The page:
Our endorsement for the Swedish general election 2010
On Sunday, 19th September, Swedes will elect a new Parliament and with it a new governing coalition. As one of the world’s most developed countries (if not THE most developed), we have a special interest in endorsing the political party and the coalition that, we believe, will keep Sweden as an example of equitable economic and social progress.
During the last four years, the governing centre-right Alliance coalition –composed of the Moderate Party, the Centre Party, the Liberal People’s Party and the Christian Democrats–, has taken Sweden into a new era of responsible economic growth without forgetting the essential component that makes Sweden unique: an equitable distribution of the rewards of success.
At a time when most countries in Europe are still struggling to get the economy back on track after the most severe financial crisis since the Great Depression, Sweden’s economic indicators are looking strong: GDP is growing robustly, unemployment is continuing to fall (the unemployment rate dropped to 7.4 per cent in August from 9.5 per cent in June), and the budget is heading into surplus in 2011. But that is not all. Sweden has become the fastest-growing economy in Western Europe. This remarkable economic success story has been possible thanks to the Alliance’s competent and responsible economic management, creating incentives for companies to hire, cutting red tape and unnecessary regulations, keeping markets open, making it easier for individuals to work than to collect welfare and reducing taxes on lower-income individuals.
But progress has not only been materialised on the economic front. During this Alliance government, Parliament approved marriage equality, with all the Alliance parties (with the exception of the Christian Democrats) voting in favour. Not only did the Moderates, the Centre Party and the Liberal People’s Party campaign for this legislation, but they also resisted any attempt by their junior coalition partner, the Christian Democrats, to make changes to the bill. On education, the Alliance has promoted the inclusion of more private providers to increase choice, competition and quality –a policy that has been adopted by Britain’s newly formed Liberal-Conservative coalition government.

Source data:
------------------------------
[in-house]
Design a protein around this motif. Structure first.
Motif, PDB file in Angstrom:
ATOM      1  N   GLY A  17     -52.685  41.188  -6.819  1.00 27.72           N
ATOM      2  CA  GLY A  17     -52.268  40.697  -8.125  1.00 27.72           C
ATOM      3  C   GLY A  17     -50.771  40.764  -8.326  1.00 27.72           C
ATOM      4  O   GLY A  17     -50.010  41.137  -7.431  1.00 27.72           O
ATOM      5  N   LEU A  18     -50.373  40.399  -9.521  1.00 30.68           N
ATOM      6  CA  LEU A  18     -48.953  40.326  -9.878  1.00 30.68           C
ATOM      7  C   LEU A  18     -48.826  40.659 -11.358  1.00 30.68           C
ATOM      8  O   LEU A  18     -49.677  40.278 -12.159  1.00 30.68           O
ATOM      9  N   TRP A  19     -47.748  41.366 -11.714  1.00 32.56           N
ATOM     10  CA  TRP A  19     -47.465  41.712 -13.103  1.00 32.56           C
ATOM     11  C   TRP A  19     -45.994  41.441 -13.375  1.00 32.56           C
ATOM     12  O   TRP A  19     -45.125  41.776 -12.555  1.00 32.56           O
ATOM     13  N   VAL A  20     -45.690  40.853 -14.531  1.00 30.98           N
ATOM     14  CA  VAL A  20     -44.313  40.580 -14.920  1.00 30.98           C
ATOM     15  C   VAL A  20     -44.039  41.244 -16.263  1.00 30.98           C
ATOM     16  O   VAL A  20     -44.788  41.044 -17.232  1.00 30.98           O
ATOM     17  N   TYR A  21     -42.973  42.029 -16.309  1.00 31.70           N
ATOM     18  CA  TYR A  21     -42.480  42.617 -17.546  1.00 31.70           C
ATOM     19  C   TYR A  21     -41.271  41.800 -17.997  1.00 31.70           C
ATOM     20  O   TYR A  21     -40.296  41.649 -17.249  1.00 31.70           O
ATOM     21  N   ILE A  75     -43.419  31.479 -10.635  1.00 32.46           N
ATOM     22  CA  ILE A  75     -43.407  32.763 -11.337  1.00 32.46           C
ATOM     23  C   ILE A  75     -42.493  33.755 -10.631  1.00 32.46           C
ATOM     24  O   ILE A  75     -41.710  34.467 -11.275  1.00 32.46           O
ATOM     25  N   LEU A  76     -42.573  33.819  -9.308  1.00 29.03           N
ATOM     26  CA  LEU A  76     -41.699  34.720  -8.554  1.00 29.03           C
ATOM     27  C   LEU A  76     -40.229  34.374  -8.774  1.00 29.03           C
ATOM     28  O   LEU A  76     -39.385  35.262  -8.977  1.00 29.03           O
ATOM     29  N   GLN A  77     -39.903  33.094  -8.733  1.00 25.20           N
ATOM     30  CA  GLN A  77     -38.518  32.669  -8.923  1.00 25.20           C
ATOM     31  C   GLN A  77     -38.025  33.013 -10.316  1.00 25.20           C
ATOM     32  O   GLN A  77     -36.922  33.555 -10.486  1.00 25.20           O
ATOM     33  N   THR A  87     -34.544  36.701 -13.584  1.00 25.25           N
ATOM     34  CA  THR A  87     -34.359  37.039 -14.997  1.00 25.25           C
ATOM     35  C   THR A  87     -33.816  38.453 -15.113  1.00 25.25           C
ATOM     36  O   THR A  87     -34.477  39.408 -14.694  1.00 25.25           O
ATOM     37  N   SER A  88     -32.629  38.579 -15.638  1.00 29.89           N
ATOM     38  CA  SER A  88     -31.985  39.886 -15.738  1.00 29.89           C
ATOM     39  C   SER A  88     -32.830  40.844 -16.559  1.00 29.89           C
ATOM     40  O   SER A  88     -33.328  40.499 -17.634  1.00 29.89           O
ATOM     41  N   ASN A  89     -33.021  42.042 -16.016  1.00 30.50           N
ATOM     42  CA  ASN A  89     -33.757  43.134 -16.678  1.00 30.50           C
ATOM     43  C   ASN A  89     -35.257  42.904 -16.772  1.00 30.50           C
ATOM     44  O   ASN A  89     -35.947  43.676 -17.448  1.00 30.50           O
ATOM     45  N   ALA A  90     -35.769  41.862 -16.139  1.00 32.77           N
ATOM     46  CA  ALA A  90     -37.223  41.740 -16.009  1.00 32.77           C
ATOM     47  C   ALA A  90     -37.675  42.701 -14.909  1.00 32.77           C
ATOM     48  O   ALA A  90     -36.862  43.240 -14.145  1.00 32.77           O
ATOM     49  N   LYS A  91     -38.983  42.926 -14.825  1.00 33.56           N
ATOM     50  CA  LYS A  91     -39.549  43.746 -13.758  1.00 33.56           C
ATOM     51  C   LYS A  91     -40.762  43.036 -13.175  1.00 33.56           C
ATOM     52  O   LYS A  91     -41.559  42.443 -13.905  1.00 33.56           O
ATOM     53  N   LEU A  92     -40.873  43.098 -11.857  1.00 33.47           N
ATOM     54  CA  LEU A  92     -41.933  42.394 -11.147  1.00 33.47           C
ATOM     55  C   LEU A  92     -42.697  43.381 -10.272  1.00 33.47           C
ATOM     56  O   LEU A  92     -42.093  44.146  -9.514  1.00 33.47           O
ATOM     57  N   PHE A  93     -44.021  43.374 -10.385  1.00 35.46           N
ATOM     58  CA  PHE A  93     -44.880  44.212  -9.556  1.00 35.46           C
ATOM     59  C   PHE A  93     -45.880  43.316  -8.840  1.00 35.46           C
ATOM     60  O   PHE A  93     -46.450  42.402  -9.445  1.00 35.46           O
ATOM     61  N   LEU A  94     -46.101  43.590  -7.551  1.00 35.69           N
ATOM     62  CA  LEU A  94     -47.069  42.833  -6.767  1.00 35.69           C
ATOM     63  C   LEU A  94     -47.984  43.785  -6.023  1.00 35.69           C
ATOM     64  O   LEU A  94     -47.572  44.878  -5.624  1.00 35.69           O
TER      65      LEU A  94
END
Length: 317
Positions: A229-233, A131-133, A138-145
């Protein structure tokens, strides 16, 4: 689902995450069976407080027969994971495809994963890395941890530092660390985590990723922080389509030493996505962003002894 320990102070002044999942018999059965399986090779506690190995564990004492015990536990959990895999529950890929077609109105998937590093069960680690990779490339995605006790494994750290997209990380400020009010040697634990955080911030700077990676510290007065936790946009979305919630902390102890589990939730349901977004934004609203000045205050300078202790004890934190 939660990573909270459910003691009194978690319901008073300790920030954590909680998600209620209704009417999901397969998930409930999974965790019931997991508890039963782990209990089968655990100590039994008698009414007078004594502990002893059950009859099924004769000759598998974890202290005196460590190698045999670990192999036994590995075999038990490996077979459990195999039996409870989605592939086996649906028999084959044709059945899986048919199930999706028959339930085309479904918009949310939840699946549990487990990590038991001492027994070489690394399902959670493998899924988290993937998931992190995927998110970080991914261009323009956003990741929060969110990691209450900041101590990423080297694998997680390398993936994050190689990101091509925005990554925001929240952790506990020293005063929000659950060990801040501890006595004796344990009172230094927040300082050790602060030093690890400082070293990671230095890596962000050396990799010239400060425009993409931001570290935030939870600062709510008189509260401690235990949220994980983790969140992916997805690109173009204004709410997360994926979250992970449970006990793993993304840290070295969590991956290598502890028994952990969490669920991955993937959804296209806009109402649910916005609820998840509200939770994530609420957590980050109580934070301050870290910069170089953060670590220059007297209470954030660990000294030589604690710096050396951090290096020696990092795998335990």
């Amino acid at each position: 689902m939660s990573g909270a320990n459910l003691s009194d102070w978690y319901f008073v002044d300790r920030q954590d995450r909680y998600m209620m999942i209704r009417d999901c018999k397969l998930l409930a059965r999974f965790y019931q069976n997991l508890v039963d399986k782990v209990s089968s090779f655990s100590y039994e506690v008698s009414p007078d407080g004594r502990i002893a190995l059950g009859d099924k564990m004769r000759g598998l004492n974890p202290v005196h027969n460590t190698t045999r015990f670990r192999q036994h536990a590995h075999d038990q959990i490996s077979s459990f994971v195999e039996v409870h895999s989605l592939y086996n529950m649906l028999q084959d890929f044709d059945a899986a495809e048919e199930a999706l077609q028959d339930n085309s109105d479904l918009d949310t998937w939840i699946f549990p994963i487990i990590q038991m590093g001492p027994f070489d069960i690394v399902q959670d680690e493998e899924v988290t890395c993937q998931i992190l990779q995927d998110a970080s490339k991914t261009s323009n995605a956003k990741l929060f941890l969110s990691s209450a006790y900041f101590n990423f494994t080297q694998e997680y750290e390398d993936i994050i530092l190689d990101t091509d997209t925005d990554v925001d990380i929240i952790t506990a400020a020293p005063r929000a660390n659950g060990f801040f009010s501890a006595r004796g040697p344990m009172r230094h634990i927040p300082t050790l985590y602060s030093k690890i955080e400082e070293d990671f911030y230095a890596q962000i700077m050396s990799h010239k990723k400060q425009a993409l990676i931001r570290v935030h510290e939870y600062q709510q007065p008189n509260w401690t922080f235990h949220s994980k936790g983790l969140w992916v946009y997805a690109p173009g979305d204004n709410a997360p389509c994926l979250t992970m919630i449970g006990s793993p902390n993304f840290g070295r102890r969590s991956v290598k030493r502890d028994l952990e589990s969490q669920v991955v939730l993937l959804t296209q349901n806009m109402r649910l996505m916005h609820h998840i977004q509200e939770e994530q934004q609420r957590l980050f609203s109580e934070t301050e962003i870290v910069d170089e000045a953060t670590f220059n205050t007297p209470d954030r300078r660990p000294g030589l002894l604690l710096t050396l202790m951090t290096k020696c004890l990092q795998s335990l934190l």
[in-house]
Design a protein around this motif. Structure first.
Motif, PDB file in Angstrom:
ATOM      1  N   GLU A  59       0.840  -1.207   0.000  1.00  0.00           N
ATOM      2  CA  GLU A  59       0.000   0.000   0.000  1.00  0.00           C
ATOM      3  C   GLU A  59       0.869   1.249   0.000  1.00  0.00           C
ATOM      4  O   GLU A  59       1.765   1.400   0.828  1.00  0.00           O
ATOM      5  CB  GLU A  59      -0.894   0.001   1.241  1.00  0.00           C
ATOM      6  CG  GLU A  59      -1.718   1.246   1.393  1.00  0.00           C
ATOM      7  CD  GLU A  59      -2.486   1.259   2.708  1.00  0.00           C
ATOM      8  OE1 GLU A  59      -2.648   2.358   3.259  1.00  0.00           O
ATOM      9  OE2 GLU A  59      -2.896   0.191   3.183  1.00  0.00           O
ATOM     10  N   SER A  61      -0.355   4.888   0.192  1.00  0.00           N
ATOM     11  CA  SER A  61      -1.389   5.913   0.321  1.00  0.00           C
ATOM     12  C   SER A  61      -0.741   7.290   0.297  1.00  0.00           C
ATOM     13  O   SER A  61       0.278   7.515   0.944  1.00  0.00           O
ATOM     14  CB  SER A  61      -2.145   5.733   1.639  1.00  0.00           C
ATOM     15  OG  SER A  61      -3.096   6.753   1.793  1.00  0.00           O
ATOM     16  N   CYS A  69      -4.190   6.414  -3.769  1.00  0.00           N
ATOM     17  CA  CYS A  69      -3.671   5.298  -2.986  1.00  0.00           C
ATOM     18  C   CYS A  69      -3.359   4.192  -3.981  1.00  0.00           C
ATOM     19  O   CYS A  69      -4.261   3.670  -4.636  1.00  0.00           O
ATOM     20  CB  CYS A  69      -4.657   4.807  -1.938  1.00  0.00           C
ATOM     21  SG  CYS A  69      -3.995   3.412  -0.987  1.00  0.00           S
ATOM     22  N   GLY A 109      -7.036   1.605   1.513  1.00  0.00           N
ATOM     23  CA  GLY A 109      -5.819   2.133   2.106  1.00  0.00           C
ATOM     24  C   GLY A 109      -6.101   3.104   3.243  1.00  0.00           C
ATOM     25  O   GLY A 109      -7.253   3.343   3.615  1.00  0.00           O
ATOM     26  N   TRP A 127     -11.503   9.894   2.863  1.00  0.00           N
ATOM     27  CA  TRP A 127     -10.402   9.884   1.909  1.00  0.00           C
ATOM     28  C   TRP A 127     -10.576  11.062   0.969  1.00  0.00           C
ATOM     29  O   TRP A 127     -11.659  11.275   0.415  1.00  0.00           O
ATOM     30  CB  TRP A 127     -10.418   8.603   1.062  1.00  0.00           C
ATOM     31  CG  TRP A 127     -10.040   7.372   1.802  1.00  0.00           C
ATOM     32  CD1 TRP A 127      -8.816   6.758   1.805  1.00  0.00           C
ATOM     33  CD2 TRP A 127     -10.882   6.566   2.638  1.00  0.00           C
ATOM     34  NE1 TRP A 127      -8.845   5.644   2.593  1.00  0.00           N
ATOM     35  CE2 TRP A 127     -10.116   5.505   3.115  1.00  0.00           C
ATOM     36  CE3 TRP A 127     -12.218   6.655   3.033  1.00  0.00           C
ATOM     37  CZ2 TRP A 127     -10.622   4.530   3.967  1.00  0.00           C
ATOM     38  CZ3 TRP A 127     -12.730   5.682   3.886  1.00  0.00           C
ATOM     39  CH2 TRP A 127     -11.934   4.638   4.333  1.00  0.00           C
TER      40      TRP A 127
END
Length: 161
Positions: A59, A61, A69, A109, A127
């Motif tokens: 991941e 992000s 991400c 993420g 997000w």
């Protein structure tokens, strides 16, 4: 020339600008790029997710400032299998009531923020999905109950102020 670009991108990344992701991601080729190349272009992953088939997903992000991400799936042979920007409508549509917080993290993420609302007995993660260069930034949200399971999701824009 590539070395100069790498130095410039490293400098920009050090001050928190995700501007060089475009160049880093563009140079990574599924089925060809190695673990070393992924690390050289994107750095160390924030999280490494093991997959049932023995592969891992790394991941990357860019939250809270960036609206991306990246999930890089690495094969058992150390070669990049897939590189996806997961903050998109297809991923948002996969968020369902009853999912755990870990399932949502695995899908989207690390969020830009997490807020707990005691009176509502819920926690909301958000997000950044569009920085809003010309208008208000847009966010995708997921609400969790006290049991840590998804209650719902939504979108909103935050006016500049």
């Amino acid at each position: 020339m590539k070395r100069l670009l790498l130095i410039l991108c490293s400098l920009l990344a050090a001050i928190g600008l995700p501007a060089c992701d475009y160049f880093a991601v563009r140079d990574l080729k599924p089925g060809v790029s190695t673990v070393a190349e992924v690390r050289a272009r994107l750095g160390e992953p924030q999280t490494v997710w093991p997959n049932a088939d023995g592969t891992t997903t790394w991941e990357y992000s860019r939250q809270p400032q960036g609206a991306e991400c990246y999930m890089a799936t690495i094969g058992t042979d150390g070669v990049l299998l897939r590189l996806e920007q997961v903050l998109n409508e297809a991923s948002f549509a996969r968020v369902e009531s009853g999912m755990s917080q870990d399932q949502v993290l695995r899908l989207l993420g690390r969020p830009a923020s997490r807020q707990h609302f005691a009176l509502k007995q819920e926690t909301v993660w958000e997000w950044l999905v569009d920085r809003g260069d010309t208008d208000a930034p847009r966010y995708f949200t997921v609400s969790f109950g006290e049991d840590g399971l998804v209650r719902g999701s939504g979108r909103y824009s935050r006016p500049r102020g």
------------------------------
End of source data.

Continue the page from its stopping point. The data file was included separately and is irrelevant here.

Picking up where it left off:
On the other hand, Sweden’s Social Democrats –one of the most successful political parties in the history of western democracies–, seem to have lost their way. They have formed a centre-left coalition with the Greens and, to their leader’s discontent, with the former communist Left Party. This so-called “Red-Greens” coalition has been unstable from the beginning, mainly due to the extreme statist past of the ex-communists. The three parties seem unable to agree on a comprehensive program for government and the addition of the Left Party has tilted what would otherwise be a competent Social Democrat/Green alternative to the Alliance into an unstable left-leaning group of mutually suspicious partners.